In some cases, the hint that a country might be removing presidential term limits provides Washington sufficient cause to support a coup, but in other cases Washington celebrates presidents-for-life, observes Ted Snider.
A lack of skepticism has characterized much of the reporting on Russiagate, with undue credibility being given to questionable sources like the Steele dossier, and now progressives like Jane Mayer and Cenk Uygur are joining the bandwagon, Ray McGovern observes.…
The concept of personal freedoms is relatively new to human history but has often, ironically, been exploited by people in power to achieve or maintain a sociopolitical goal, posits Lawrence Davidson in this analysis.
A recent study revealed that MSNBC’s coverage of ‘Russiagate’ vastly outweighs its coverage of other issues, such as the US-backed humanitarian crisis in Yemen, and the network’s refusal to correct the disparity could lead to dangerous conclusions, notes Norman Solomon.
Russian President Vladimir Putin’s national address last week grabbed headlines for its proclamations of new weapons systems, but as significant in his speech was its domestic policy implications ahead of a March 18 election, Gilbert Doctorow explains.
Vladimir Putin’s announcement of new weapons systems to achieve nuclear parity was the result of the erosion of arms control regimes, such as the ill-advised U.S. withdrawal from the ABM treaty in 2002, Ray McGovern explains.
Exclusive: The CIA’s “Operation Merlin,” which involved providing Iran with a flawed design for a nuclear weapon and resulted in an alleged whistleblower going to prison, was the perfect example of creating intelligence in order to justify operations, reports Gareth Porter.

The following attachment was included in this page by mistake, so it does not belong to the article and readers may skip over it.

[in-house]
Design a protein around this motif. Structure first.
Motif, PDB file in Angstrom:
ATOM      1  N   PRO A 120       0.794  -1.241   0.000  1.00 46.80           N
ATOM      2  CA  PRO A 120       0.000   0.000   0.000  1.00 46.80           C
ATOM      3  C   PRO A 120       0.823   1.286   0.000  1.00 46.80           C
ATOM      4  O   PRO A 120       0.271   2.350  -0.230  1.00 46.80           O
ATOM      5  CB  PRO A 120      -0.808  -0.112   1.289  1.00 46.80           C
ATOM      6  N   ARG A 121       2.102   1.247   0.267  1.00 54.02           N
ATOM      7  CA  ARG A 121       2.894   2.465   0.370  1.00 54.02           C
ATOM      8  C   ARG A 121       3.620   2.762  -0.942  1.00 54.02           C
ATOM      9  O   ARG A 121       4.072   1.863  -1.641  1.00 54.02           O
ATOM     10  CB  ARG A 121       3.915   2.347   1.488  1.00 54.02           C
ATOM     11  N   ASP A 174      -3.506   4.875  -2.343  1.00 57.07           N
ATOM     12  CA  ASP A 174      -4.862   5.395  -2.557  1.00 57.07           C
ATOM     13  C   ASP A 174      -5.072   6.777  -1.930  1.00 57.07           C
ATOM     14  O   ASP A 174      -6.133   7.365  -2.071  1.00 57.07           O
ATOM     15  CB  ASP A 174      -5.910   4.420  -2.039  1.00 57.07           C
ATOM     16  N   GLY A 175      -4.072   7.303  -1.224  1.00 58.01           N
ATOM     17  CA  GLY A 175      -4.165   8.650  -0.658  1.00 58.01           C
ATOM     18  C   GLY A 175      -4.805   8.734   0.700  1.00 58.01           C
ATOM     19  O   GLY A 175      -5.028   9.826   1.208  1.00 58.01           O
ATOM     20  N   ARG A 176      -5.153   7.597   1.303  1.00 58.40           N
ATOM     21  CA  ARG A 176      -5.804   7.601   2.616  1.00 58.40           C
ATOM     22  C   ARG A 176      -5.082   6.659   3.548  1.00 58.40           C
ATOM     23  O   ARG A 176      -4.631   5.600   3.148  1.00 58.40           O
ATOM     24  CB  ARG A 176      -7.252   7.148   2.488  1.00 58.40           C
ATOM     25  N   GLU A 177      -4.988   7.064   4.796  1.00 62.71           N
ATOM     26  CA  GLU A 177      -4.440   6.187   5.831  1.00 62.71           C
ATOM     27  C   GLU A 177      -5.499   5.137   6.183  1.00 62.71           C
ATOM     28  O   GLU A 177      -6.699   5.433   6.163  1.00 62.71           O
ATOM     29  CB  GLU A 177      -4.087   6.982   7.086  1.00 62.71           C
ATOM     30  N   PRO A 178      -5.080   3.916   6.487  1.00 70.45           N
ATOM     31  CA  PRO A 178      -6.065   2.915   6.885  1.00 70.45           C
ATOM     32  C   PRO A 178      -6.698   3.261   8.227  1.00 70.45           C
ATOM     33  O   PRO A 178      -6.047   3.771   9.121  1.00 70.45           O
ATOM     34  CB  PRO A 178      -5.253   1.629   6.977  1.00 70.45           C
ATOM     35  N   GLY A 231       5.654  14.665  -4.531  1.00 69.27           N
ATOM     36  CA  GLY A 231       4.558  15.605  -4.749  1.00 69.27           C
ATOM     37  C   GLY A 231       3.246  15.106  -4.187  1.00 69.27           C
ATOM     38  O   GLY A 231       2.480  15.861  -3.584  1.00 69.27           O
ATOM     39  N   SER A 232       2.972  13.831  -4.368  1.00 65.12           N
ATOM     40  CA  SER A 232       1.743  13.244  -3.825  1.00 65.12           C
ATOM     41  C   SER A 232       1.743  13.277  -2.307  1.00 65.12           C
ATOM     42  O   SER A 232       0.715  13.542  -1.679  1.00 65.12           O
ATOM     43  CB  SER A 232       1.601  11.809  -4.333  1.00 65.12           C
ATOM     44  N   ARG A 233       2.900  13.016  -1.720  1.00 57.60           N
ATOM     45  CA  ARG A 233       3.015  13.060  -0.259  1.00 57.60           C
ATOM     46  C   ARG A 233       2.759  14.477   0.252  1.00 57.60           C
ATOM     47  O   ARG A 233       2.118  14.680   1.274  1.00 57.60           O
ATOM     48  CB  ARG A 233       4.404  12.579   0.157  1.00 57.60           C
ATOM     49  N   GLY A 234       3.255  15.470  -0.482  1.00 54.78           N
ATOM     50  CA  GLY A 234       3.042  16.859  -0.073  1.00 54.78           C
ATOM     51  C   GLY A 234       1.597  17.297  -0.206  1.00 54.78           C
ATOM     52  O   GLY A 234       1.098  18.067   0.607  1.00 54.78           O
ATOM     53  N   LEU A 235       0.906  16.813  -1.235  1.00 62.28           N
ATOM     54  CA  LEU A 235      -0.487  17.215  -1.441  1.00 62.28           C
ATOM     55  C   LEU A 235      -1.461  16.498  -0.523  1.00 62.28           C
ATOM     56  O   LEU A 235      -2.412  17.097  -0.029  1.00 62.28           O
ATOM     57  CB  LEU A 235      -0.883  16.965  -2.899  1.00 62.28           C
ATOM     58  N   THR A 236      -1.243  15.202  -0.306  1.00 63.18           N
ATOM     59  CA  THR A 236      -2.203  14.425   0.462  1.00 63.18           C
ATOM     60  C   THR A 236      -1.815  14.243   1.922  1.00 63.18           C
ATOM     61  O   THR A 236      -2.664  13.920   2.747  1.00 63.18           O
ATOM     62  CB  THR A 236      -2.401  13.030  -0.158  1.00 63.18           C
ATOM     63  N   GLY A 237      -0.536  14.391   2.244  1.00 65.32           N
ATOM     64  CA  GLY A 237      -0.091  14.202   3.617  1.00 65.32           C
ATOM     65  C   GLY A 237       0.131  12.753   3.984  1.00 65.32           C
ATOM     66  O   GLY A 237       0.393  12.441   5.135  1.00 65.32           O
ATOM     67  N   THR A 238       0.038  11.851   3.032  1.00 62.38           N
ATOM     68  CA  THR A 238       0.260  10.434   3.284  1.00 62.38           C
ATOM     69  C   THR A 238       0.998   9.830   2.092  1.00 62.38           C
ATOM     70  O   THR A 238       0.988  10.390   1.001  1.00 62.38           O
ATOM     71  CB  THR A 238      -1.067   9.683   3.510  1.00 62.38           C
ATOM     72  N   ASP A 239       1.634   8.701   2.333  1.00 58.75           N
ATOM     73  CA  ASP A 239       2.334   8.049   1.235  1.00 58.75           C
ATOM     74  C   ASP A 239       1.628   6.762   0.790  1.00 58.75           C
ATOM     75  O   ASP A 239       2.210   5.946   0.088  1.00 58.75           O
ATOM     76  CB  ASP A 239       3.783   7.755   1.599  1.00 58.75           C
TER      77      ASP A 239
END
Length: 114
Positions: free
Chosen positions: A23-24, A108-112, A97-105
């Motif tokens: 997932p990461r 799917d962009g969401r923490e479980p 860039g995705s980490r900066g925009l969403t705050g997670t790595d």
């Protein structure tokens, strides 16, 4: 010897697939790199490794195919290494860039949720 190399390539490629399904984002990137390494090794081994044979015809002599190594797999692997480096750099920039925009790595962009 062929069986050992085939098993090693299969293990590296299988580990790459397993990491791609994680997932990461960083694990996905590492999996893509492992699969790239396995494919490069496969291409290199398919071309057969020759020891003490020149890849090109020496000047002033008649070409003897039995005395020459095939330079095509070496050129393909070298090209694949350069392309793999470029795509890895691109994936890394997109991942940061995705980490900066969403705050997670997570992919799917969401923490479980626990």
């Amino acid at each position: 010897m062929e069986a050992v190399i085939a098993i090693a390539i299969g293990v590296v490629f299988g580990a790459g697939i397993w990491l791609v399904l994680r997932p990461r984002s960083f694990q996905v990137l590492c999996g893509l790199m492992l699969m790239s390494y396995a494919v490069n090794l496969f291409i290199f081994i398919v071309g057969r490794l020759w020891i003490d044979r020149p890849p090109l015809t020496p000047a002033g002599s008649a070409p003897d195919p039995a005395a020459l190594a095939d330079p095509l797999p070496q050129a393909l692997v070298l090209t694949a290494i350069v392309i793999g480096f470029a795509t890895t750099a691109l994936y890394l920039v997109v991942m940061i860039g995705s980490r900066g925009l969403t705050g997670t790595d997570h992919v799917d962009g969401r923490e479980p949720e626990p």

Exclusive: Americans should be very concerned about Russian President Vladimir Putin’s announcement on Russia’s breakthroughs in weapons technology – not necessarily because they pose a threat, but because it will mean vast fortunes spent in the U.S. on an arms race, Jonathan…
Exclusive: The still decidedly volatile situation in Ukraine – resulting from another in a long line of U.S.-inspired regime changes that have destabilized the geopolitical landscape over the past few decades – is worth revisiting for a number of reasons.…
From the Archive: On March 2, 2003, British intelligence official Katharine Gun blew the whistle on a pre-Iraq War ploy. On today’s 15-year anniversary of that event, we republish a 2014 article about Gun’s truth-telling by Sam Husseini.
Russian President Vladimir Putin’s announcement on Thursday of major technological advances in nuclear weapons delivery systems appears to have caught the U.S. intelligence community unawares, reports Gilbert Doctorow.
Exclusive: Italy’s elections this weekend represent a choice between the status quo, with risks of further austerity and structural reforms, or a wild card of populists who may lack competence and hold anti-democratic views, explains Andrew Spannaus.
A recent Worldwide Threat Assessment issued by the U.S. intelligence community exaggerates threats posed by North Korea and Iran, ignoring well-known realities and downplaying the U.S.’s own previous intelligence assessments, notes Ted Snider.
From the Archive: The State Department is reportedly spending $40 million to bolster the Global Engagement Center’s efforts to crack down on “foreign propaganda.” On this occasion we republish an article by Rick Sterling examining the motives behind this initiative…
California Democrats did not endorse longstanding Senator Dianne Feinstein for the upcoming primary election, setting the stage for a tough campaign against challengers such as California Senate President Pro Tempore Kevin de León, reports Dennis J Bernstein.